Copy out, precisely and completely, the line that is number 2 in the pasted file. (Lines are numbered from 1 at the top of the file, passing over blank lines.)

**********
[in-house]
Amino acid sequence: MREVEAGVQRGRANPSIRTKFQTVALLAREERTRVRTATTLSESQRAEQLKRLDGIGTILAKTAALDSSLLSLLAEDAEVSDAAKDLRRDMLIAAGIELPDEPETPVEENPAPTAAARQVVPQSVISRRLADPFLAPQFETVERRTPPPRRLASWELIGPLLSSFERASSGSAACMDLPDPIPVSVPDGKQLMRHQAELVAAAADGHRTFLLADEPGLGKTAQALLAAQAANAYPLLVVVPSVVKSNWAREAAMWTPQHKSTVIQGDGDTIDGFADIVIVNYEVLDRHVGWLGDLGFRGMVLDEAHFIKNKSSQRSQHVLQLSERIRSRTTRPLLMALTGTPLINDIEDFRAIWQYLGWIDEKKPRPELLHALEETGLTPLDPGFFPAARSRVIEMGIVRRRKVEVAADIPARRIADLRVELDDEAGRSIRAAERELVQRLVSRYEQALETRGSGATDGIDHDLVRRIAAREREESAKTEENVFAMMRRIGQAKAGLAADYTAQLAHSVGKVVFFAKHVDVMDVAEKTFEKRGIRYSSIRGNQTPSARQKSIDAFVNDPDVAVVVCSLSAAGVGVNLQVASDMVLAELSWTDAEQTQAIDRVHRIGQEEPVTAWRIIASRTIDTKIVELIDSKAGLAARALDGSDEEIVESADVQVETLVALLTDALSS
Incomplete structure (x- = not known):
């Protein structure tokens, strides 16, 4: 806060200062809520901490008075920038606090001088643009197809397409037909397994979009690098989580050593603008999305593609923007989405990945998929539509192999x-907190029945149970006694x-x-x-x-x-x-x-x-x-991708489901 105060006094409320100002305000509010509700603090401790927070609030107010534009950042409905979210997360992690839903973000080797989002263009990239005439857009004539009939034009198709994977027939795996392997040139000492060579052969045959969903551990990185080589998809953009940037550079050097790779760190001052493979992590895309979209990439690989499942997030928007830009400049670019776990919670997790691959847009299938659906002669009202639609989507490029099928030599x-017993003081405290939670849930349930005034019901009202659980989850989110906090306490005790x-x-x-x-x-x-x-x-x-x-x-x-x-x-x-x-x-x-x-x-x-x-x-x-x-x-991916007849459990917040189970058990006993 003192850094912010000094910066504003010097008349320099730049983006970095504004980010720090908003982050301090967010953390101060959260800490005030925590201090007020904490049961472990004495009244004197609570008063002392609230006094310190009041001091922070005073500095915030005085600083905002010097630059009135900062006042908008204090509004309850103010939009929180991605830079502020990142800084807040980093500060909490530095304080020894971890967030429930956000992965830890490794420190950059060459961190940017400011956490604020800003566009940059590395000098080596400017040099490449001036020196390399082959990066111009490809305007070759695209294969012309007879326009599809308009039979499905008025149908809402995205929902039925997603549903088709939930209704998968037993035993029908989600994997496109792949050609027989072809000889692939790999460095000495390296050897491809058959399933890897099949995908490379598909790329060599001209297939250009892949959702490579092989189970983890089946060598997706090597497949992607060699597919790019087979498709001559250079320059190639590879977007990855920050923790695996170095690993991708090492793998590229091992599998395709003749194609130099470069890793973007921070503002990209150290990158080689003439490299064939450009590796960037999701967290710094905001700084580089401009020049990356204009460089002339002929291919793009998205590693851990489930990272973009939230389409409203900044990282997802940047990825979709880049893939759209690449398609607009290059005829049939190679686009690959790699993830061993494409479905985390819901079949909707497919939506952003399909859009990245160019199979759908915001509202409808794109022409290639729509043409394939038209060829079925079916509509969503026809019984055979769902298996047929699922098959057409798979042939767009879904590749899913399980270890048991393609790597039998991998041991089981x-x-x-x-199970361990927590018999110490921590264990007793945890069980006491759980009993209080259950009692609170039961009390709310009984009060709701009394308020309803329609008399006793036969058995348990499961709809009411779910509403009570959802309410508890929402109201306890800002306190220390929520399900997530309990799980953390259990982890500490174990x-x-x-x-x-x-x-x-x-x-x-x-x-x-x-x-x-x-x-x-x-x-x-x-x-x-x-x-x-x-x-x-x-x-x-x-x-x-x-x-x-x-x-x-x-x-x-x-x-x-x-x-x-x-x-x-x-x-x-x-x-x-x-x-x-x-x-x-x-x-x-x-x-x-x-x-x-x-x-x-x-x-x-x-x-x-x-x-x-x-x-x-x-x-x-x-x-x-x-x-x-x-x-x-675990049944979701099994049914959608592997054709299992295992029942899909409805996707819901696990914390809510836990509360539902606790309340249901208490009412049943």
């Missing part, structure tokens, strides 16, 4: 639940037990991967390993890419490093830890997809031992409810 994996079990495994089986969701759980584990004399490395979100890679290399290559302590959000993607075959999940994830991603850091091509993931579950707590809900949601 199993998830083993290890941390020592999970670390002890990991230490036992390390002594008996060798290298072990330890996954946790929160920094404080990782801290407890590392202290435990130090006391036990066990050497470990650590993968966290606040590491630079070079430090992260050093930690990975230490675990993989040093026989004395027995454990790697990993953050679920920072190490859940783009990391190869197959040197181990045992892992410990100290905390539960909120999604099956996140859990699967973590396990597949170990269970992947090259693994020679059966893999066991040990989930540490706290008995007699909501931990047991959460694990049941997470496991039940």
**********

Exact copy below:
Amino acid sequence: MREVEAGVQRGRANPSIRTKFQTVALLAREERTRVRTATTLSESQRAEQLKRLDGIGTILAKTAALDSSLLSLLAEDAEVSDAAKDLRRDMLIAAGIELPDEPETPVEENPAPTAAARQVVPQSVISRRLADPFLAPQFETVERRTPPPRRLASWELIGPLLSSFERASSGSAACMDLPDPIPVSVPDGKQLMRHQAELVAAAADGHRTFLLADEPGLGKTAQALLAAQAANAYPLLVVVPSVVKSNWAREAAMWTPQHKSTVIQGDGDTIDGFADIVIVNYEVLDRHVGWLGDLGFRGMVLDEAHFIKNKSSQRSQHVLQLSERIRSRTTRPLLMALTGTPLINDIEDFRAIWQYLGWIDEKKPRPELLHALEETGLTPLDPGFFPAARSRVIEMGIVRRRKVEVAADIPARRIADLRVELDDEAGRSIRAAERELVQRLVSRYEQALETRGSGATDGIDHDLVRRIAAREREESAKTEENVFAMMRRIGQAKAGLAADYTAQLAHSVGKVVFFAKHVDVMDVAEKTFEKRGIRYSSIRGNQTPSARQKSIDAFVNDPDVAVVVCSLSAAGVGVNLQVASDMVLAELSWTDAEQTQAIDRVHRIGQEEPVTAWRIIASRTIDTKIVELIDSKAGLAARALDGSDEEIVESADVQVETLVALLTDALSS